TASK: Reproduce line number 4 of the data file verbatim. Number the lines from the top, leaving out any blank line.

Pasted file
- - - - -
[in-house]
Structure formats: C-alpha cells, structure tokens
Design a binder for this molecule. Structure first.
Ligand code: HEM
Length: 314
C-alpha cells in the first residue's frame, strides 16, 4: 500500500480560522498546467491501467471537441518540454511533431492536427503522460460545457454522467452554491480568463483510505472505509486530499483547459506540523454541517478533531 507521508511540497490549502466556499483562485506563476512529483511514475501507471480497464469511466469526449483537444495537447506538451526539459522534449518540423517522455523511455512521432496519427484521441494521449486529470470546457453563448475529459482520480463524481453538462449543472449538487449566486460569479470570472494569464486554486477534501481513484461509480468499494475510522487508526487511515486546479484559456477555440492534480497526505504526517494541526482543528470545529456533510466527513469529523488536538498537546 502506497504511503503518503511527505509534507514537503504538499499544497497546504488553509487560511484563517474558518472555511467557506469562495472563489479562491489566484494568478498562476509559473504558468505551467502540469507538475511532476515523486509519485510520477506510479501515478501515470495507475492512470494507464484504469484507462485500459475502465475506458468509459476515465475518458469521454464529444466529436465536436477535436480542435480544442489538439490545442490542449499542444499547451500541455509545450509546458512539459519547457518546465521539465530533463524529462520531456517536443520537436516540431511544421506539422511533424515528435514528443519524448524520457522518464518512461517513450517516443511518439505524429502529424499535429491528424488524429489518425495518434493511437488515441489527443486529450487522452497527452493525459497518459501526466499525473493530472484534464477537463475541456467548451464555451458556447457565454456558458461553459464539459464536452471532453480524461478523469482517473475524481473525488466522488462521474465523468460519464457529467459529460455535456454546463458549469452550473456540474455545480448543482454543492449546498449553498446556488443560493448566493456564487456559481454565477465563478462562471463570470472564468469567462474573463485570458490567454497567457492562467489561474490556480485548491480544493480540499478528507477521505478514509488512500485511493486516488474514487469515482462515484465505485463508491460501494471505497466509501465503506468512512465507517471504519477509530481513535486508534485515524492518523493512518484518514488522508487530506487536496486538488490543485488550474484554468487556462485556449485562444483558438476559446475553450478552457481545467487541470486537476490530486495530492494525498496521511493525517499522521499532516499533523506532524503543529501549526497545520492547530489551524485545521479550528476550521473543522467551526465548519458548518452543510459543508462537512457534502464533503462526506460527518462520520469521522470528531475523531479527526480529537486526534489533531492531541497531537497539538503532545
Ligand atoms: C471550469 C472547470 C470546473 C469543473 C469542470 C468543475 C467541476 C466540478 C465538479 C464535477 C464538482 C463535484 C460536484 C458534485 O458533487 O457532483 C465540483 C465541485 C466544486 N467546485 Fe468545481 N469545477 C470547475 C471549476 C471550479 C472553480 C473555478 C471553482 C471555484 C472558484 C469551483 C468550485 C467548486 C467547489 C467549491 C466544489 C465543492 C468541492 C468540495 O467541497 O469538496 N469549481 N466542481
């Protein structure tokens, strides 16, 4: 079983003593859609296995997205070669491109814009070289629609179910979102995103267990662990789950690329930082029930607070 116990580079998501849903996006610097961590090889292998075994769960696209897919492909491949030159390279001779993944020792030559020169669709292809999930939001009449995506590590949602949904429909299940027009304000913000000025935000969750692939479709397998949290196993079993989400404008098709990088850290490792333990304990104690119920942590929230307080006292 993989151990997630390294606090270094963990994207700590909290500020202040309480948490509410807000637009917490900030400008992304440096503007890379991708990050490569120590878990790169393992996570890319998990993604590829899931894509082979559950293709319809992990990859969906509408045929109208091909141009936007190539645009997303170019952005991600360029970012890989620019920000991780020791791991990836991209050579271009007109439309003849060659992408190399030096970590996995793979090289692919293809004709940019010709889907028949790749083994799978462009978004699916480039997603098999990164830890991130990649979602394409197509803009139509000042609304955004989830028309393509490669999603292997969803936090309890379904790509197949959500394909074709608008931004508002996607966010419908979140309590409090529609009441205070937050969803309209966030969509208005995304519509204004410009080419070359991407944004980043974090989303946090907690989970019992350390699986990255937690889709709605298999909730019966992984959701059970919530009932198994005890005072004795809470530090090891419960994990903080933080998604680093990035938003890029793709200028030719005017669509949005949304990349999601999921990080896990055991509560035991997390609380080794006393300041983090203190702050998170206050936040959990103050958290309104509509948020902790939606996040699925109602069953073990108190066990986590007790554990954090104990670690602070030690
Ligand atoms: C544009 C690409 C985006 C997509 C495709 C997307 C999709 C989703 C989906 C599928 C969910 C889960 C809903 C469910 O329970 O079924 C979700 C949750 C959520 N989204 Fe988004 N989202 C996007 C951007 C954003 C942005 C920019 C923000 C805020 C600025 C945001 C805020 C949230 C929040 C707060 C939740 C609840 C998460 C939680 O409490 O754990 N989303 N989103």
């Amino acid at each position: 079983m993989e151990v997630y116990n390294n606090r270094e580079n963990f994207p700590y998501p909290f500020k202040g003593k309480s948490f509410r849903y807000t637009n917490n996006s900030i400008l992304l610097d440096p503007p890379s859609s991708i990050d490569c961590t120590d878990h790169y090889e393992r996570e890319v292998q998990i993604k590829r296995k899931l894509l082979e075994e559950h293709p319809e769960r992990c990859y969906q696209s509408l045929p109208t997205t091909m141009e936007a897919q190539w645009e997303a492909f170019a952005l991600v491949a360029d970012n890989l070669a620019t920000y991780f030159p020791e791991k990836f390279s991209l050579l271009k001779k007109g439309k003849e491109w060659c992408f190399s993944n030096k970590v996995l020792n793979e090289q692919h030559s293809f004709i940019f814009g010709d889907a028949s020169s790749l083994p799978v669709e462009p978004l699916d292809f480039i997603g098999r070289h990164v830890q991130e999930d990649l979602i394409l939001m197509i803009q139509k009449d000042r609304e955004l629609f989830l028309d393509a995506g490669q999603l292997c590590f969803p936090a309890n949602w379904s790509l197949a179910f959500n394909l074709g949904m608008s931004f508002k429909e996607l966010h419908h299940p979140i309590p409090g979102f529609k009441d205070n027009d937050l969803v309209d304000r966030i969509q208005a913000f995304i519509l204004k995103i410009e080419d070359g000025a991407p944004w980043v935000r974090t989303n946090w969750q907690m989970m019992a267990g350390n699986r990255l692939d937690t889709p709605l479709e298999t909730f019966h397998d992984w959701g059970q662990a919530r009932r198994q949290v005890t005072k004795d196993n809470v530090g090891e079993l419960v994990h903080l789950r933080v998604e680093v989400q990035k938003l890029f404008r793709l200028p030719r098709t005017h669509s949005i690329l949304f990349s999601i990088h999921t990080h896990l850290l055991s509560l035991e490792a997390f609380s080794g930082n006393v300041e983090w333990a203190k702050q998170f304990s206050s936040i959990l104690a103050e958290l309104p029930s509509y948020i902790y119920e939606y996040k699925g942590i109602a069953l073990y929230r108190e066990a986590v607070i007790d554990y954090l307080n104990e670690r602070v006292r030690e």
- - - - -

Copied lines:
Ligand code: HEM